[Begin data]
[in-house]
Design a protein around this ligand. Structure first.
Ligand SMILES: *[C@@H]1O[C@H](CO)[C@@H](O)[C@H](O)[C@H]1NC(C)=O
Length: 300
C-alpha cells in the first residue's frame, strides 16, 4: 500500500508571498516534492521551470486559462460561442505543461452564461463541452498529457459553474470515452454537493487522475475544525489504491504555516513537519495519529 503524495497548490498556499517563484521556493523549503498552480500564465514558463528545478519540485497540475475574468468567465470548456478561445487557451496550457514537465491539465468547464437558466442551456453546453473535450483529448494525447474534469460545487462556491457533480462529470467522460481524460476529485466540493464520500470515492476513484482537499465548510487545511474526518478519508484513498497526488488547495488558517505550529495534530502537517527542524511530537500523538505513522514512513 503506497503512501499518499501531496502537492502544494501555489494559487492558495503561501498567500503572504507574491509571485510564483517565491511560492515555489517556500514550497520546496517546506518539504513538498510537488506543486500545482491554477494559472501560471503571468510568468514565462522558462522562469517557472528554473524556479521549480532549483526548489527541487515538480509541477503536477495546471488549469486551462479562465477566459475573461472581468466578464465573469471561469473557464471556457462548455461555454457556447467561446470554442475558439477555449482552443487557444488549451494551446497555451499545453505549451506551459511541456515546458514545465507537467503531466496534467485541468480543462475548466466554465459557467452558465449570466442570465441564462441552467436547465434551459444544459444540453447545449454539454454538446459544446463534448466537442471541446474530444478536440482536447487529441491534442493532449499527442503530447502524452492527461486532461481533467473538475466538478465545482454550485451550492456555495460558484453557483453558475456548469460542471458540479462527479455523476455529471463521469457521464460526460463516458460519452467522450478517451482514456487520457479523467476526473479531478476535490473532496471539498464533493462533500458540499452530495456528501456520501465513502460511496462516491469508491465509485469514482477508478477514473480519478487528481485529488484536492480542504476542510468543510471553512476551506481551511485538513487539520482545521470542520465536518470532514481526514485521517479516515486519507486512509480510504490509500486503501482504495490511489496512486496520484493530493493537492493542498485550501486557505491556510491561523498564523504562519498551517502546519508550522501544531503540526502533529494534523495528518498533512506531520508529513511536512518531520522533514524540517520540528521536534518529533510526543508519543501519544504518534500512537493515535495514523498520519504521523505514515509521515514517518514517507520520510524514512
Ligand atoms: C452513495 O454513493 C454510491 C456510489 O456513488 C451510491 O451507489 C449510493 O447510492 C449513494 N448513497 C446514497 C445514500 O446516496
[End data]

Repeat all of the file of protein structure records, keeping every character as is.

[in-house]
Design a protein around this ligand. Structure first.
Ligand SMILES: *[C@@H]1O[C@H](CO)[C@@H](O)[C@H](O)[C@H]1NC(C)=O
Length: 300
C-alpha cells in the first residue's frame, strides 16, 4: 500500500508571498516534492521551470486559462460561442505543461452564461463541452498529457459553474470515452454537493487522475475544525489504491504555516513537519495519529 503524495497548490498556499517563484521556493523549503498552480500564465514558463528545478519540485497540475475574468468567465470548456478561445487557451496550457514537465491539465468547464437558466442551456453546453473535450483529448494525447474534469460545487462556491457533480462529470467522460481524460476529485466540493464520500470515492476513484482537499465548510487545511474526518478519508484513498497526488488547495488558517505550529495534530502537517527542524511530537500523538505513522514512513 503506497503512501499518499501531496502537492502544494501555489494559487492558495503561501498567500503572504507574491509571485510564483517565491511560492515555489517556500514550497520546496517546506518539504513538498510537488506543486500545482491554477494559472501560471503571468510568468514565462522558462522562469517557472528554473524556479521549480532549483526548489527541487515538480509541477503536477495546471488549469486551462479562465477566459475573461472581468466578464465573469471561469473557464471556457462548455461555454457556447467561446470554442475558439477555449482552443487557444488549451494551446497555451499545453505549451506551459511541456515546458514545465507537467503531466496534467485541468480543462475548466466554465459557467452558465449570466442570465441564462441552467436547465434551459444544459444540453447545449454539454454538446459544446463534448466537442471541446474530444478536440482536447487529441491534442493532449499527442503530447502524452492527461486532461481533467473538475466538478465545482454550485451550492456555495460558484453557483453558475456548469460542471458540479462527479455523476455529471463521469457521464460526460463516458460519452467522450478517451482514456487520457479523467476526473479531478476535490473532496471539498464533493462533500458540499452530495456528501456520501465513502460511496462516491469508491465509485469514482477508478477514473480519478487528481485529488484536492480542504476542510468543510471553512476551506481551511485538513487539520482545521470542520465536518470532514481526514485521517479516515486519507486512509480510504490509500486503501482504495490511489496512486496520484493530493493537492493542498485550501486557505491556510491561523498564523504562519498551517502546519508550522501544531503540526502533529494534523495528518498533512506531520508529513511536512518531520522533514524540517520540528521536534518529533510526543508519543501519544504518534500512537493515535495514523498520519504521523505514515509521515514517518514517507520520510524514512
Ligand atoms: C452513495 O454513493 C454510491 C456510489 O456513488 C451510491 O451507489 C449510493 O447510492 C449513494 N448513497 C446514497 C445514500 O446516496